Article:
The Preamble to the United States Constitution

Most institutions, businesses, and community organizations have a mission statement designed to declare their goals and beliefs.  The United States Constitution also begins with a mission statement.  It is called the preamble.  Students of my generation were required to memorize the preamble, and many of us can still recite the noble statement without sneaking a peek.  I doubt that is true today, but you can prove me correct or not by asking the young people in your lives.

For thirty years in public education, I taught a unit on the Constitution, always beginning with a lesson on the preamble.  A way to teach this 52 word statement is to connect the first six words and the final twelve words into one sentence that reads “We the people of the United States do ordain and establish this Constitution for the United States of America.”  Every word in between that sentence states the purposes for the Constitution.  With that sentence in mind, it is now possible to examine those purposes.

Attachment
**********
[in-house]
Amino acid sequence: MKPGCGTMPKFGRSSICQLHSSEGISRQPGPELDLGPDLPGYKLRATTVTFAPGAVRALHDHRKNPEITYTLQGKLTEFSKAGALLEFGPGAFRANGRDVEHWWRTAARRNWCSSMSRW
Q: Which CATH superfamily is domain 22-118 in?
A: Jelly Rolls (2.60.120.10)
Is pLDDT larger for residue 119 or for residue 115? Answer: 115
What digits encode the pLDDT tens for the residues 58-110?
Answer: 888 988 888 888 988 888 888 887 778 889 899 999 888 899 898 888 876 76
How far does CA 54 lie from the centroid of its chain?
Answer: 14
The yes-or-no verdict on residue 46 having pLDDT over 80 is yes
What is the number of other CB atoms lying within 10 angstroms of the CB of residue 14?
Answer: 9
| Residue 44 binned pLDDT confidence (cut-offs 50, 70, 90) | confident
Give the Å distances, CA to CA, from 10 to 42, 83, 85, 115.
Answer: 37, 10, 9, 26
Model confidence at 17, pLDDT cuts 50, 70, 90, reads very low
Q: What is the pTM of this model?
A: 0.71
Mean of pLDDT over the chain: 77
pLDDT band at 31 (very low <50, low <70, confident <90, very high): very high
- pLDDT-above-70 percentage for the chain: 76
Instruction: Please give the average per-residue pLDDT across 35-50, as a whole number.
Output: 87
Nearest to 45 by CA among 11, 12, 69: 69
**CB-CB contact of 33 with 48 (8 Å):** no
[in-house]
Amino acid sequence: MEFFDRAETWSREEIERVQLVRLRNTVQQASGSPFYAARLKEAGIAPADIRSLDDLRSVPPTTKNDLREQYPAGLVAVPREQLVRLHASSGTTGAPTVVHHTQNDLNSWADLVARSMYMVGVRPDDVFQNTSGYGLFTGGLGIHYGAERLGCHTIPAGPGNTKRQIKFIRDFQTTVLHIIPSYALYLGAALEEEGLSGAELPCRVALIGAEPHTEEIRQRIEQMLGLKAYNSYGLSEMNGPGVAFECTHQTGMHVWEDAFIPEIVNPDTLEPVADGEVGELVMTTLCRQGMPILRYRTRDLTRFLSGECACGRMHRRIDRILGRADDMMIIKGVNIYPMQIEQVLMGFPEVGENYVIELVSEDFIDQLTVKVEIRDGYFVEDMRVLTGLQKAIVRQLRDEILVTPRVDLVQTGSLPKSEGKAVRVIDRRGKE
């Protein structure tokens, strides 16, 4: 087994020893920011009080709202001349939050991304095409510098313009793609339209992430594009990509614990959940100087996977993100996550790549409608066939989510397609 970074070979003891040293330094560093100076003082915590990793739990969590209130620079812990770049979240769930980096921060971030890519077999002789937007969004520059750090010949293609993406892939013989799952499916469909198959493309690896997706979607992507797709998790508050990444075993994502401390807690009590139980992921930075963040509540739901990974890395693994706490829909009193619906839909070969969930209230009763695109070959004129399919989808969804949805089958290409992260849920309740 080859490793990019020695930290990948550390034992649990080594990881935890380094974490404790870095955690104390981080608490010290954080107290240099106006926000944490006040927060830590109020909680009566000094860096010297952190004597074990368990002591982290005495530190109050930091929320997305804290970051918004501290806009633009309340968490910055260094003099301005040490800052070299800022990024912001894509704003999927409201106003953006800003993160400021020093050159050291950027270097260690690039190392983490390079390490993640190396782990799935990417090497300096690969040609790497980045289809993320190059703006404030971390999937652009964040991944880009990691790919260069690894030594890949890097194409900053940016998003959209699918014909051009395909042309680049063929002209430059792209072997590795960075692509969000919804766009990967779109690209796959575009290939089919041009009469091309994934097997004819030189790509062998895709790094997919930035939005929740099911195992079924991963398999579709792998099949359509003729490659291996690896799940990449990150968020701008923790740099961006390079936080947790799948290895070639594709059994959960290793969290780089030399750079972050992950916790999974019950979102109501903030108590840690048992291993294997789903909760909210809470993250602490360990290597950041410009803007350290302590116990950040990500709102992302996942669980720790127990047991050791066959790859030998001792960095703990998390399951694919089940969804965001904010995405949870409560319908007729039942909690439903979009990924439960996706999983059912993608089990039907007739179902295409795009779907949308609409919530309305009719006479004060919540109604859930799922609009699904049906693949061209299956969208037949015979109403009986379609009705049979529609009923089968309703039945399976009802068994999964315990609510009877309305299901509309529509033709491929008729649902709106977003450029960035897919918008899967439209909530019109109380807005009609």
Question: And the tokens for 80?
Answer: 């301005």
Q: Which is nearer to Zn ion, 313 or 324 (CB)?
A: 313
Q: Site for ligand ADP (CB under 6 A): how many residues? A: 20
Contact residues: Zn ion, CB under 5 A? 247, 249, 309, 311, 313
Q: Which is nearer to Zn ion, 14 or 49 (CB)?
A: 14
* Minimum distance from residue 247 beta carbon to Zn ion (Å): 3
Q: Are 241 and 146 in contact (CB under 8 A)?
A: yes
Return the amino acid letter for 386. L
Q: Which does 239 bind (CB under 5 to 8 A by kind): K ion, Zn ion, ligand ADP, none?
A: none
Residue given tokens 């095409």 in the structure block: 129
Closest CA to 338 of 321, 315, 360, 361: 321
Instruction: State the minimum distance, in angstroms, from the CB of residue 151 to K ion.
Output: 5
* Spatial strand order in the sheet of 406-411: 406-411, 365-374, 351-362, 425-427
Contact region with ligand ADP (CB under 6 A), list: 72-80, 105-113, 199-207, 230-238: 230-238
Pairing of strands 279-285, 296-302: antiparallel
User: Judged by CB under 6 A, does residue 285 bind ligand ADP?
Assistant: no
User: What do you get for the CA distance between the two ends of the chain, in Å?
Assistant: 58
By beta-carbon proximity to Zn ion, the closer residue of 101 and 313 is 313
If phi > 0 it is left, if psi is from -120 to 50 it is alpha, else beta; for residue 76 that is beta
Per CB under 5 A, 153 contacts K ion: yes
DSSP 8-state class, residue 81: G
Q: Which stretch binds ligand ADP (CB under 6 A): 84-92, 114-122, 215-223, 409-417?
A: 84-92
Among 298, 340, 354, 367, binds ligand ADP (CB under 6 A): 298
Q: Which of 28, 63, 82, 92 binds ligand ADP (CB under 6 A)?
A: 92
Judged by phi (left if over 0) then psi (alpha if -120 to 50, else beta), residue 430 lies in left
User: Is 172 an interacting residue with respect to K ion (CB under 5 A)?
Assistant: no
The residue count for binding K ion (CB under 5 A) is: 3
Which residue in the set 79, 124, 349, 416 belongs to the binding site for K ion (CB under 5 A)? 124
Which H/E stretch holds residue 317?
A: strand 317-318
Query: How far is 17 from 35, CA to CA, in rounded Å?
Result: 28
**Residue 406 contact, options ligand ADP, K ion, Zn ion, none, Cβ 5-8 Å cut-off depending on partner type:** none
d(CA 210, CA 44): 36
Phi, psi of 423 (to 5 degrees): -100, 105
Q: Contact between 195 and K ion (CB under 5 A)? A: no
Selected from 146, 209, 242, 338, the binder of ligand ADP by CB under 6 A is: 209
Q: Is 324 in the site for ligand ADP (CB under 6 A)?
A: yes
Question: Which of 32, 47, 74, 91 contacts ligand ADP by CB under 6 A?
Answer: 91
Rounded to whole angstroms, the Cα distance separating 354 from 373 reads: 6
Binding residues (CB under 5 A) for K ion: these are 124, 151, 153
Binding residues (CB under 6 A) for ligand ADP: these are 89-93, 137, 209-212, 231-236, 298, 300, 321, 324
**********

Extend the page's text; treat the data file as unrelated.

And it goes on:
First, “in order to form a more perfect union.”  Note that the Founders did not say a perfect union for they understood that we live in an imperfect world and that trying to form a perfect union simply leads down the path to a utopian dead end.  Rather, their goal was the realistic one of trying to form a more perfect one or perhaps at least one that is less bad.

Next  they called for justice.  Simply put that is a nation that is fair, one that tries  for a level playing field where everyone has the opportunity to work toward their individual dreams.  

Next, “domestic tranquility (peace) and common defense.”  Simply put, the government's greatest obligation is to keep its citizens safe from foreign foes and from each other.  This is only possible if society is, for the most part, civil and responsible.

Next, “promote the general welfare.”  This calls for our government to create a place where people can work to provide themselves with life's necessities and hopefully enough extra to enjoy what makes them happy.

Finally, “secure the blessings of liberty for themselves and their posterity.”  Posterity, of course, refers to those who come after us.  Each generation is responsibility for making this a reality.  Liberty is always one generation away from extinction.  

It is my hope that you will join me in reminding those around you of the important ideas in the brief preamble to our Constitution, which by the way, is the oldest continuing Constitution in the world today.

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